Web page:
Not only does its Southwest-meets-Cajun menu go far beyond that, its story is much deeper, as well.
It all started in 1990 when Daniel Cecelic was adopted from South Korea. Having been born with several fingers and toes missing, he was different from most kids in the country. A couple stationed in South Korea at the time, decided Cecelic was perfect, and they brought him back to Nashville.
As luck would have it, he grew up near Brick Café in Franklin, the first of several restaurants of the same name started by David Richard.
At 15, Cecelic approached Richard about working in the neighborhood favorite. There, he started as a busboy but quickly showed interest in becoming a chef.
“You don’t know what you’re going to do in life at 15, but he took to cooking and eventually showed interest in cooking school,” Richard said. “I helped write a letter, and he got into Sullivan University (in Louisville, Ky.).”
While studying at the No. 3 cooking school in the country, Cecelic maintained contact with Richard. The two tossed around ideas for a new restaurant. By this time, Richard had already opened up Brick Café’s second and third locations.
“I saw this location on Craigslist … and the phone rang. It was Daniel. He said he was graduating and moving to Murfreesboro. I said, ‘Wow, that’s just too coincidental,’” he continued.
And so, they sat down to discuss menu ideas.
“David is Cajun, and I like the Southwestern style,” Cecelic explained. “He designed the restaurant, and then I took his ideas and ran with them in the kitchen. I worked the menu around it.”
Rather than start with a slew of options (at one point, Brick Café featured some 98 menu items), Richard thought it best to kick off with a few, solid dishes that are a little different from the norm.
“It definitely has a Cajun flair,” he said. “We didn’t want to be the typical ‘Speedy Gonzales with rice and beans.’ We wanted to be able to stand out from that. And a lot of people, at first, think that’s what we are. We have to break that idea that we’re a Mexican restaurant.”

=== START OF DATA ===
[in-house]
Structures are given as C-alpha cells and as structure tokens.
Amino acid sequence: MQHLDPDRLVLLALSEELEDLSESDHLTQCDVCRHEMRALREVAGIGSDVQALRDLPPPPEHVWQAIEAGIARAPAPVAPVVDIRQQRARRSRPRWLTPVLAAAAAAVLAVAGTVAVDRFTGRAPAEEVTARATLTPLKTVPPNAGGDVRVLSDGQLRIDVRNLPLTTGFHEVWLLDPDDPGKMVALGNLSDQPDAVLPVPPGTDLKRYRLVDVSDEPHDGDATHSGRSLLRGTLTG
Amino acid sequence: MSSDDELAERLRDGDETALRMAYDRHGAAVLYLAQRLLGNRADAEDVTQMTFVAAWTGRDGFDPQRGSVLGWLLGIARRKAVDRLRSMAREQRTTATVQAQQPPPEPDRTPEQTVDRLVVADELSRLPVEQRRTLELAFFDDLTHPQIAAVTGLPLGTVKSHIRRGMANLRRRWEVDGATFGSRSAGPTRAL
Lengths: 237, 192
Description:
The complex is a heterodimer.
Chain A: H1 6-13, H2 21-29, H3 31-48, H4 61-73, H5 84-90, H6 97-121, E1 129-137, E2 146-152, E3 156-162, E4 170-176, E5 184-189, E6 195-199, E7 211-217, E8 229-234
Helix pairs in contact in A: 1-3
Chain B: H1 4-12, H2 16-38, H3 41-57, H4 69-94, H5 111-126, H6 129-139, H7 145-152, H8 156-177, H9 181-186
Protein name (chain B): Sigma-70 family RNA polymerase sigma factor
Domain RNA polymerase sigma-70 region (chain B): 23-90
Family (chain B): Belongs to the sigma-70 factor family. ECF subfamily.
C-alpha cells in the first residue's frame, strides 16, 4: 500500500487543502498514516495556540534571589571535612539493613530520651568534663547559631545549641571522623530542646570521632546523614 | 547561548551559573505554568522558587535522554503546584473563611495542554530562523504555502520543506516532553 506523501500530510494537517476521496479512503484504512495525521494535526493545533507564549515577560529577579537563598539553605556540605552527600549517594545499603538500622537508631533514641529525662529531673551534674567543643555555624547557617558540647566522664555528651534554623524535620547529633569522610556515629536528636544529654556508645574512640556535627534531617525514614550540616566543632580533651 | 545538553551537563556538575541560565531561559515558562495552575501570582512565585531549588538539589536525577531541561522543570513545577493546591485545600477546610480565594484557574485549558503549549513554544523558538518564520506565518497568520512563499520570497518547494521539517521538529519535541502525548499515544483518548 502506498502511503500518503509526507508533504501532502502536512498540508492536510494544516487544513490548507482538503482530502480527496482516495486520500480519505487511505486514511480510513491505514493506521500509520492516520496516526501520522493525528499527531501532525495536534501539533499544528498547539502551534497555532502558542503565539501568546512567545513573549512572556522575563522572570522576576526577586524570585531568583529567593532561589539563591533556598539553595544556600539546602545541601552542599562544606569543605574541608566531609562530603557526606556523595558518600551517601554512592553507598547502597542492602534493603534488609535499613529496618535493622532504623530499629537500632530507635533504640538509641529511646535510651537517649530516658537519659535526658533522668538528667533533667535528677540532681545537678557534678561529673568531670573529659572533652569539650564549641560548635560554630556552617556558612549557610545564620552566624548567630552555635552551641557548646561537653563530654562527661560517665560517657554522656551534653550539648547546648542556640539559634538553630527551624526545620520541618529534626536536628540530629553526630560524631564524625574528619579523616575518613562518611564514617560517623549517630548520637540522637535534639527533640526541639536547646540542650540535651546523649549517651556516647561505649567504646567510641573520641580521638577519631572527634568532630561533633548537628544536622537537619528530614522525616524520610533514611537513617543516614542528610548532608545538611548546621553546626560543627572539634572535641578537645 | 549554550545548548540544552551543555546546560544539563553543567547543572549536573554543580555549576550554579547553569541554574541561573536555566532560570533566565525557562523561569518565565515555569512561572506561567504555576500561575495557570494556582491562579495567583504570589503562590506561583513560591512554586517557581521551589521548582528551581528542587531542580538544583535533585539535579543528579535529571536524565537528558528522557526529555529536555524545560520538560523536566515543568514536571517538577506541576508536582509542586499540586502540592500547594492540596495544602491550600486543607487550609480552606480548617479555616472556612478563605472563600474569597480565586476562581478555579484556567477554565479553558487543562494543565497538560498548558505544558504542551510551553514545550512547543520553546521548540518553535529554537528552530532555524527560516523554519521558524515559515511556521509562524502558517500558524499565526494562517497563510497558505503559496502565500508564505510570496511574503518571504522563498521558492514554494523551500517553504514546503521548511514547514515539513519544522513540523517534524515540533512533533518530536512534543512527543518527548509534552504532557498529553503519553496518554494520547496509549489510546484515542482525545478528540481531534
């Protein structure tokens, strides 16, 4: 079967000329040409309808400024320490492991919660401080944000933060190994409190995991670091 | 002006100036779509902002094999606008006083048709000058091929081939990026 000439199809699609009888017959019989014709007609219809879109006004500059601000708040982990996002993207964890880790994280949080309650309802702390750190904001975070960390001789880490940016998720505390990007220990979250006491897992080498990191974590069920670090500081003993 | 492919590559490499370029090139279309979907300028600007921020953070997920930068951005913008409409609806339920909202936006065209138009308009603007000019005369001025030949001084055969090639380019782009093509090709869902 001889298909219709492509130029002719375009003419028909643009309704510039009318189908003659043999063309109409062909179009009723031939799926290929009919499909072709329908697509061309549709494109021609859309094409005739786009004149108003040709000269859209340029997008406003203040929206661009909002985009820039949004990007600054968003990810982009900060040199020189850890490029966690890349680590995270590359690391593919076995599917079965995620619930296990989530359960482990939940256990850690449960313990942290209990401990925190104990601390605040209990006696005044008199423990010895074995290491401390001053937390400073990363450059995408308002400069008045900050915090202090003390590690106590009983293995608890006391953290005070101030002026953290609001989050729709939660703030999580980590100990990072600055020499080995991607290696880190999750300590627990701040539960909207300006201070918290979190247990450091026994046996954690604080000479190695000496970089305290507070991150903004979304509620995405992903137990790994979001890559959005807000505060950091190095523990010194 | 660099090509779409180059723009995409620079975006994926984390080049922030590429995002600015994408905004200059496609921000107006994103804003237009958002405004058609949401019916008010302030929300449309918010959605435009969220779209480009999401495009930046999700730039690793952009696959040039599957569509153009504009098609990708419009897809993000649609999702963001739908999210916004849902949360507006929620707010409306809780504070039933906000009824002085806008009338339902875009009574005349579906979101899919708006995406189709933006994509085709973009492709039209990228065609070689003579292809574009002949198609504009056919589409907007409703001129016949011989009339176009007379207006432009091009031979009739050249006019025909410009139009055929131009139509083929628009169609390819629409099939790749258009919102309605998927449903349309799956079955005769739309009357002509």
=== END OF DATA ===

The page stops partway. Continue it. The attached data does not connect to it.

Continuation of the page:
That said, he boasts delicious fish tacos, which are a staple of Mexican cuisine. But the menu also offers smoked pork chops, rattlesnake pasta and Naan pesto chicken.
Appetizers include special concoctions like Cajun fondue – a spicy, tomato cream-based fondue with crawfish, Portabellini, shrimp and spinach served with toasted Focaccia – blue crab cakes, fried green tomatoes and Cajun crawfish bites.
Opt for one of Blue Cantina’s salads for a special treat: Bloody Mary steak salad serves up spring mix, smoked blue cheese, roasted poblano, pico de gallo and Vidalia onion dressing; Adobo BBQ chicken salad features a spinach chimichanga, spring mix, jalapeno corn, tortilla strips, chipotle balsamic, cilantro and ranch dressing.
Entrees range from 12 spice chipotle Mac ‘n’ Cheese to hickory smoked ribs to boudin stuffed chicken with stone-ground, creamy grits and a jalapeno bacon cream sauce.
Yummy-sounding burgers are listed alongside sandwiches featuring a unique blend of herbs and toppings.
Best of all, everything is fresh – and that’s just what Richard wants everyone to notice.
“It’s a little different because it’s a twist on Mexican food, and it’s a twist on Cajun food,” he says. “We want this to be the place where you bring your family, and you bring your out-of-town guests, and where you bring your date.”
Diners worried about spice can request a milder version of the menu items.
“Add a little spice and flavor to your life by trying our tasty cuisine,” Richard said. “Get ready to say, ‘Whoooeeeey! That’s good.'”